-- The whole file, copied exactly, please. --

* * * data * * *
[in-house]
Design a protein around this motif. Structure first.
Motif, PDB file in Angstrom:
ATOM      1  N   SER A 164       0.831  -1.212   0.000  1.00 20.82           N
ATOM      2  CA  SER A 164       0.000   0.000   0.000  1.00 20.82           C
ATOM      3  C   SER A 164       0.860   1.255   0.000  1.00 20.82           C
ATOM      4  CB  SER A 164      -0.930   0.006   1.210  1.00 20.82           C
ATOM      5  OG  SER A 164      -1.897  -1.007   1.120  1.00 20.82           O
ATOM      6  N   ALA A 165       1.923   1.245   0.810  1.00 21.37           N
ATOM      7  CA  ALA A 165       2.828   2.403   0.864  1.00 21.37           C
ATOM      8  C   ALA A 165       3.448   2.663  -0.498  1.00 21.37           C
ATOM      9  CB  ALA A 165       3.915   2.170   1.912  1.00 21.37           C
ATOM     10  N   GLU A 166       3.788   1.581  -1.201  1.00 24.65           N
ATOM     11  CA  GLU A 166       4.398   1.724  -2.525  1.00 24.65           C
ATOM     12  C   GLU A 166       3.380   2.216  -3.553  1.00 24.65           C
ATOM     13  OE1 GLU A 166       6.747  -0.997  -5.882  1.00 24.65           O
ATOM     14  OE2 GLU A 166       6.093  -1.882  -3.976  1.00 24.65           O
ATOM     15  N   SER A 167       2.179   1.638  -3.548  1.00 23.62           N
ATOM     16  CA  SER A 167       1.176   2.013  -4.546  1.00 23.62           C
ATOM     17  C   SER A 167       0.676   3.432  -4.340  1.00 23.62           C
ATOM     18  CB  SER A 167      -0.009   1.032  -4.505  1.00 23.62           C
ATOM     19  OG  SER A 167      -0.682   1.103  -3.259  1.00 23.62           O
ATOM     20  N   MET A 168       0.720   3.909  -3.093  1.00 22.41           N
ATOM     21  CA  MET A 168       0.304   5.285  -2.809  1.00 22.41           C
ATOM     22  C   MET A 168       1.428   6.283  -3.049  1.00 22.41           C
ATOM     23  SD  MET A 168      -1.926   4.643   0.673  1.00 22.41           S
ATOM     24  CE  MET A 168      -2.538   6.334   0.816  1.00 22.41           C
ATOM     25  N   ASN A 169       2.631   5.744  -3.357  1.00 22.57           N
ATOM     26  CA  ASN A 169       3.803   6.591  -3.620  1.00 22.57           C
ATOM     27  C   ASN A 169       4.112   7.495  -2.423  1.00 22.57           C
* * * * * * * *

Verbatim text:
[in-house]
Design a protein around this motif. Structure first.
Motif, PDB file in Angstrom:
ATOM      1  N   SER A 164       0.831  -1.212   0.000  1.00 20.82           N
ATOM      2  CA  SER A 164       0.000   0.000   0.000  1.00 20.82           C
ATOM      3  C   SER A 164       0.860   1.255   0.000  1.00 20.82           C
ATOM      4  CB  SER A 164      -0.930   0.006   1.210  1.00 20.82           C
ATOM      5  OG  SER A 164      -1.897  -1.007   1.120  1.00 20.82           O
ATOM      6  N   ALA A 165       1.923   1.245   0.810  1.00 21.37           N
ATOM      7  CA  ALA A 165       2.828   2.403   0.864  1.00 21.37           C
ATOM      8  C   ALA A 165       3.448   2.663  -0.498  1.00 21.37           C
ATOM      9  CB  ALA A 165       3.915   2.170   1.912  1.00 21.37           C
ATOM     10  N   GLU A 166       3.788   1.581  -1.201  1.00 24.65           N
ATOM     11  CA  GLU A 166       4.398   1.724  -2.525  1.00 24.65           C
ATOM     12  C   GLU A 166       3.380   2.216  -3.553  1.00 24.65           C
ATOM     13  OE1 GLU A 166       6.747  -0.997  -5.882  1.00 24.65           O
ATOM     14  OE2 GLU A 166       6.093  -1.882  -3.976  1.00 24.65           O
ATOM     15  N   SER A 167       2.179   1.638  -3.548  1.00 23.62           N
ATOM     16  CA  SER A 167       1.176   2.013  -4.546  1.00 23.62           C
ATOM     17  C   SER A 167       0.676   3.432  -4.340  1.00 23.62           C
ATOM     18  CB  SER A 167      -0.009   1.032  -4.505  1.00 23.62           C
ATOM     19  OG  SER A 167      -0.682   1.103  -3.259  1.00 23.62           O
ATOM     20  N   MET A 168       0.720   3.909  -3.093  1.00 22.41           N
ATOM     21  CA  MET A 168       0.304   5.285  -2.809  1.00 22.41           C
ATOM     22  C   MET A 168       1.428   6.283  -3.049  1.00 22.41           C
ATOM     23  SD  MET A 168      -1.926   4.643   0.673  1.00 22.41           S
ATOM     24  CE  MET A 168      -2.538   6.334   0.816  1.00 22.41           C
ATOM     25  N   ASN A 169       2.631   5.744  -3.357  1.00 22.57           N
ATOM     26  CA  ASN A 169       3.803   6.591  -3.620  1.00 22.57           C
ATOM     27  C   ASN A 169       4.112   7.495  -2.423  1.00 22.57           C